TWO men from Pontypool have been recognised for their selfless action at a Police Public Bravery award ceremony in Central London.

The National Police Public Bravery Awards recognise the assistance provided by members of the public who have intervened to foil criminal acts and /or come to the assistance of others.

In December 2017, David Millett and Dale Mitchell from Pontypool raised the alarm with residents in Raglan Close, Talywain to evacuate their homes when a serious fire broke out at a property in the close.

Both neighbours forced entry to the property, and ran inside to search for the occupant.

Mr. Millett used an axe to break down the front door and they both climbed the stairs to the living room door.

Mr. Mitchell then used the axe to break down the living room door, which had been barricaded from the inside.

Mindful of smoke inhalation, both men took turns to run outside for fresh air, before going back into the address to search for the occupant.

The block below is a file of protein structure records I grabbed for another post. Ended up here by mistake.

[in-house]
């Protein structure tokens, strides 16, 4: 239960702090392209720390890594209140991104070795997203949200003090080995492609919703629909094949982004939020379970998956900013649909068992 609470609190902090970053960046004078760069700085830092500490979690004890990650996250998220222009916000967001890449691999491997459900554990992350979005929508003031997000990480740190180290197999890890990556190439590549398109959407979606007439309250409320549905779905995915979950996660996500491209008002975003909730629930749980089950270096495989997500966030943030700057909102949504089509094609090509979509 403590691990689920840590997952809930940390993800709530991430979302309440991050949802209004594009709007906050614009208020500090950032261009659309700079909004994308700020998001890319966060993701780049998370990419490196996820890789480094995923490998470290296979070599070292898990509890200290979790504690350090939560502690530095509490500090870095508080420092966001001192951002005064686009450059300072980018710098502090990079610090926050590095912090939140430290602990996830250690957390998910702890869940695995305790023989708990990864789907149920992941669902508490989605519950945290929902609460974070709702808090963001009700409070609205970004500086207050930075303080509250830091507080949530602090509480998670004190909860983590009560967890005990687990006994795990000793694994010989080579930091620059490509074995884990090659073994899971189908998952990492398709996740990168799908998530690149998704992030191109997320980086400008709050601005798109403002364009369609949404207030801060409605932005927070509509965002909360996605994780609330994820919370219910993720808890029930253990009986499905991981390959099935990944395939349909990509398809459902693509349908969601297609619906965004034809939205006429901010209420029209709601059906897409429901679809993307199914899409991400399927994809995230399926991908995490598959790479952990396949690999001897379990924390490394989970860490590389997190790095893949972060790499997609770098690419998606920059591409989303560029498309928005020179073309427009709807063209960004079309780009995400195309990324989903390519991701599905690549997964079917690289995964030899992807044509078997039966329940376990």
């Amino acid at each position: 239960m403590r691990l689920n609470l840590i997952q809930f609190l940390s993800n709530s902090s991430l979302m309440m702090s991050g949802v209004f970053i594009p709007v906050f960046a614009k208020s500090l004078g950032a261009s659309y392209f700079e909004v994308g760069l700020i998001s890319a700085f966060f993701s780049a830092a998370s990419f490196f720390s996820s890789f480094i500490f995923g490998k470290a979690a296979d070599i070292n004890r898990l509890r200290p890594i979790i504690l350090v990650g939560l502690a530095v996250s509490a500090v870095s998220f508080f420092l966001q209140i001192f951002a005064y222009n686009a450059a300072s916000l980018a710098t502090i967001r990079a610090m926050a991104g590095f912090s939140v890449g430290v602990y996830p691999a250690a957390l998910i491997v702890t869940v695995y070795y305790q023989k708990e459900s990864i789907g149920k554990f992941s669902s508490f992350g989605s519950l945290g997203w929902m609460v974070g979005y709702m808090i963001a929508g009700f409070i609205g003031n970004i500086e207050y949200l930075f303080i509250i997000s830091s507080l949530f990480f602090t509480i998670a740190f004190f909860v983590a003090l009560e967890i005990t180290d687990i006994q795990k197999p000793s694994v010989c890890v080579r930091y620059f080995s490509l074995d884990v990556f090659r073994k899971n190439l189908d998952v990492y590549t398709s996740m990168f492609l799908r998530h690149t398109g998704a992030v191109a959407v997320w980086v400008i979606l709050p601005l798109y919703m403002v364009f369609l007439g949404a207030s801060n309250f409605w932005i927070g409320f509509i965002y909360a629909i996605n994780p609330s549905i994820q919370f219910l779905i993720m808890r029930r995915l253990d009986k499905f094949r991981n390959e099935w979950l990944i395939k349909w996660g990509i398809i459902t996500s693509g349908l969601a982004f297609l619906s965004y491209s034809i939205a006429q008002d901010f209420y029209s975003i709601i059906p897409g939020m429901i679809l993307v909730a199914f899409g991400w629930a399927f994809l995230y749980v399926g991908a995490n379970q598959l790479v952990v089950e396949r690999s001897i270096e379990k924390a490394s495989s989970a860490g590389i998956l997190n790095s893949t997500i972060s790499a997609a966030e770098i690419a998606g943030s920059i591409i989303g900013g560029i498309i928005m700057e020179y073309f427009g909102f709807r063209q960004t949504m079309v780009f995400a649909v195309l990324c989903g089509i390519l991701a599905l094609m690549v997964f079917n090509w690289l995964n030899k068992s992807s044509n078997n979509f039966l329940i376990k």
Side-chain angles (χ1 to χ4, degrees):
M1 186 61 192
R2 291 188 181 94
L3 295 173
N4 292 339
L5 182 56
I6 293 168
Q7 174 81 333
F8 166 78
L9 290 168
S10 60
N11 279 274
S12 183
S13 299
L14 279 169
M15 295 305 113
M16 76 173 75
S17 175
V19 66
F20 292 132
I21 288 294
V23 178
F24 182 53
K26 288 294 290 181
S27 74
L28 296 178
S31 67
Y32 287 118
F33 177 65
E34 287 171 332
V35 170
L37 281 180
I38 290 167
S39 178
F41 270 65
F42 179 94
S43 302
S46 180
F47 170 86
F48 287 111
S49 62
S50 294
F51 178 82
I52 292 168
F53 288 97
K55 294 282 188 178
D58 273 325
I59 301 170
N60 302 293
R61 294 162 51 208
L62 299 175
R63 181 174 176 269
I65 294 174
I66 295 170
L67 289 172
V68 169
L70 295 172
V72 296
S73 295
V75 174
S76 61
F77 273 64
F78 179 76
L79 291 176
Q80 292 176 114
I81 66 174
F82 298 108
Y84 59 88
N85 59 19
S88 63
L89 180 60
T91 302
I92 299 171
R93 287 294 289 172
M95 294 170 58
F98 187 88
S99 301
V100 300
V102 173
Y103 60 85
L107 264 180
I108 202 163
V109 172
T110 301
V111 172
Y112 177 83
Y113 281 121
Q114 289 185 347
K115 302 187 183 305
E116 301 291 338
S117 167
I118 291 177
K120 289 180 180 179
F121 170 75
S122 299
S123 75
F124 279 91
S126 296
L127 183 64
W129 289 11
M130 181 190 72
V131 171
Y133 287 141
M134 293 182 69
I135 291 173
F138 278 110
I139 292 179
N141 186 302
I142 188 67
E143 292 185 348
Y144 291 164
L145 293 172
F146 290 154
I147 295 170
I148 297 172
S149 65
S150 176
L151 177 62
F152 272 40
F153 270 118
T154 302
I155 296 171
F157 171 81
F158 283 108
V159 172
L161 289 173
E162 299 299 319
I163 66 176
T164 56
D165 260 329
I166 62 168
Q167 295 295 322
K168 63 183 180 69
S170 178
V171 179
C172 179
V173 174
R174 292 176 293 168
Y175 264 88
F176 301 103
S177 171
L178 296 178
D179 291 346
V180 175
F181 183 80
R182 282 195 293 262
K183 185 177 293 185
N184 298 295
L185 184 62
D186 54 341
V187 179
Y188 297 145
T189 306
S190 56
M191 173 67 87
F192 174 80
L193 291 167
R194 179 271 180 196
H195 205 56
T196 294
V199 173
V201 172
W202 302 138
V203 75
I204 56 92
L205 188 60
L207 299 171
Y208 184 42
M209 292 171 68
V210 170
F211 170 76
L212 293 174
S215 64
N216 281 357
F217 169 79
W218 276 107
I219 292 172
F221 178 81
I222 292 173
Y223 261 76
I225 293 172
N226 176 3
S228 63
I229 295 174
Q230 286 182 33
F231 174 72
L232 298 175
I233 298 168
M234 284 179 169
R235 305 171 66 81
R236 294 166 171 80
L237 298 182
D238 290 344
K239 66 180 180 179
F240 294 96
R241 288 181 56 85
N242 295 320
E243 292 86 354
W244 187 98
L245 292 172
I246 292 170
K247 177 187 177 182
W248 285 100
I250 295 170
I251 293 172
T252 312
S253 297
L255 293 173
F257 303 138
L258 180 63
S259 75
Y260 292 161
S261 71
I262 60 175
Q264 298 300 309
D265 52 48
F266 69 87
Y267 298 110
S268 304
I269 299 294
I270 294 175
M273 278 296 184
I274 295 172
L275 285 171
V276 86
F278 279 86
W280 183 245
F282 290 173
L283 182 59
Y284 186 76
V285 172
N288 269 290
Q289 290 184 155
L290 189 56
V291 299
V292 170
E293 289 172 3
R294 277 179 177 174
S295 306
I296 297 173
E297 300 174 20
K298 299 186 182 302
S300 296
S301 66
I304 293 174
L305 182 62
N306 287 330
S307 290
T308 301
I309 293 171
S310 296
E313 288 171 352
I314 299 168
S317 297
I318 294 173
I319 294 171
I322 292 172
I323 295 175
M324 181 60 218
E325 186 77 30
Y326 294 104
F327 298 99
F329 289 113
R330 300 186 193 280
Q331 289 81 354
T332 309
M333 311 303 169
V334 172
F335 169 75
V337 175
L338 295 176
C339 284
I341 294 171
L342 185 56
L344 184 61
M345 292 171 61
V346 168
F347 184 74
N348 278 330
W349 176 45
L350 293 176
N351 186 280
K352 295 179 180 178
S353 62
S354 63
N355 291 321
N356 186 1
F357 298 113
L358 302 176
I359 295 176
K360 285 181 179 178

Having located the occupant, they assisted him from the property.

Mr. Mitchell also rescued the occupant’s pet dog from the property.

Emergency services arrived shortly afterwards.

Mr Mitchell was unable to make the ceremony in London to receive his award.

Attending the ceremony on behalf of Gwent Police, Deputy Chief Constable Pam Kelly said: “As an emergency service, our primary role is to protect and reassure communities, however we are also reliant on members of the public to be vigilant.

“I cannot praise Dale and David highly enough. They acted courageously and their only thought in that moment was to assist a neighbour.

“Their actions encapsulate the values we hold as a Police service, and I want to thank them personally for their actions which, without question, saved someone’s life.”

Dwain Bessant was sentenced to three years in jail at Newport Crown Court in March after pleading guilty to destroying or damaging property recklessly as to endanger life.

During police interview, Bessant said he had tried to take his own life after his brother, Scott, was critically injured in August last year.

Speaking at the time, prosecutor Gareth James said: "There was so much smoke that both witnesses were taking turns to go downstairs to get fresh air.

"In the end, they were able to to open the door and get him out.

"The neighbours showed considerable bravery in acting the way they did and it is obvious through their persistence he was saved."